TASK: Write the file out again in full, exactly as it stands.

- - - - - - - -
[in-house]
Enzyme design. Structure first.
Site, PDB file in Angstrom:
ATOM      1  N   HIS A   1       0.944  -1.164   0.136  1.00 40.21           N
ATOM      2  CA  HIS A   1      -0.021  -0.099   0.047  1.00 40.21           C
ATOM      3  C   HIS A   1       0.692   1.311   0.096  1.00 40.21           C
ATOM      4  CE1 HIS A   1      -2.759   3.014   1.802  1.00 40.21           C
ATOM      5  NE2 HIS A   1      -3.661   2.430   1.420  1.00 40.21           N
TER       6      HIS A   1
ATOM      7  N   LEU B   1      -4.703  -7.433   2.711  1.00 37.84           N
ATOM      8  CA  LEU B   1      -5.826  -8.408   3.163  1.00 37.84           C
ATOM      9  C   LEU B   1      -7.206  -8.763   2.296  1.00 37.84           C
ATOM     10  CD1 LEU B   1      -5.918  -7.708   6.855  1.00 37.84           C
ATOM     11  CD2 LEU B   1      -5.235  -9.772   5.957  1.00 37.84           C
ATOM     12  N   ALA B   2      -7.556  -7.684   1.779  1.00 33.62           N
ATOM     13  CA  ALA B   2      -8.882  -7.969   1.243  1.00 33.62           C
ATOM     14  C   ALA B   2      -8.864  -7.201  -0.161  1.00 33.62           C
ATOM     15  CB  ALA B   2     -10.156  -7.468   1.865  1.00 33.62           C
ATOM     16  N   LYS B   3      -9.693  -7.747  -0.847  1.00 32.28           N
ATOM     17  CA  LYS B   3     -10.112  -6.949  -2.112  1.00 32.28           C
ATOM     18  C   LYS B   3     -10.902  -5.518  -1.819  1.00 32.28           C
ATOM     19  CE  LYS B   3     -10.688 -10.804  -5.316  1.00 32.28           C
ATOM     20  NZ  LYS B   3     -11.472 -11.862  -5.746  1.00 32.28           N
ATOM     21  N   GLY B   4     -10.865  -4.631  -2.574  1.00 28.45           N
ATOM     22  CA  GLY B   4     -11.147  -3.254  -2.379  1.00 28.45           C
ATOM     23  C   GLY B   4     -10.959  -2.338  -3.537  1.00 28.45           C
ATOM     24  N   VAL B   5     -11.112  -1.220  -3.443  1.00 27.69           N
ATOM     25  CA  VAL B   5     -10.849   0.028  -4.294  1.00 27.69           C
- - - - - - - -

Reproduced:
[in-house]
Enzyme design. Structure first.
Site, PDB file in Angstrom:
ATOM      1  N   HIS A   1       0.944  -1.164   0.136  1.00 40.21           N
ATOM      2  CA  HIS A   1      -0.021  -0.099   0.047  1.00 40.21           C
ATOM      3  C   HIS A   1       0.692   1.311   0.096  1.00 40.21           C
ATOM      4  CE1 HIS A   1      -2.759   3.014   1.802  1.00 40.21           C
ATOM      5  NE2 HIS A   1      -3.661   2.430   1.420  1.00 40.21           N
TER       6      HIS A   1
ATOM      7  N   LEU B   1      -4.703  -7.433   2.711  1.00 37.84           N
ATOM      8  CA  LEU B   1      -5.826  -8.408   3.163  1.00 37.84           C
ATOM      9  C   LEU B   1      -7.206  -8.763   2.296  1.00 37.84           C
ATOM     10  CD1 LEU B   1      -5.918  -7.708   6.855  1.00 37.84           C
ATOM     11  CD2 LEU B   1      -5.235  -9.772   5.957  1.00 37.84           C
ATOM     12  N   ALA B   2      -7.556  -7.684   1.779  1.00 33.62           N
ATOM     13  CA  ALA B   2      -8.882  -7.969   1.243  1.00 33.62           C
ATOM     14  C   ALA B   2      -8.864  -7.201  -0.161  1.00 33.62           C
ATOM     15  CB  ALA B   2     -10.156  -7.468   1.865  1.00 33.62           C
ATOM     16  N   LYS B   3      -9.693  -7.747  -0.847  1.00 32.28           N
ATOM     17  CA  LYS B   3     -10.112  -6.949  -2.112  1.00 32.28           C
ATOM     18  C   LYS B   3     -10.902  -5.518  -1.819  1.00 32.28           C
ATOM     19  CE  LYS B   3     -10.688 -10.804  -5.316  1.00 32.28           C
ATOM     20  NZ  LYS B   3     -11.472 -11.862  -5.746  1.00 32.28           N
ATOM     21  N   GLY B   4     -10.865  -4.631  -2.574  1.00 28.45           N
ATOM     22  CA  GLY B   4     -11.147  -3.254  -2.379  1.00 28.45           C
ATOM     23  C   GLY B   4     -10.959  -2.338  -3.537  1.00 28.45           C
ATOM     24  N   VAL B   5     -11.112  -1.220  -3.443  1.00 27.69           N
ATOM     25  CA  VAL B   5     -10.849   0.028  -4.294  1.00 27.69           C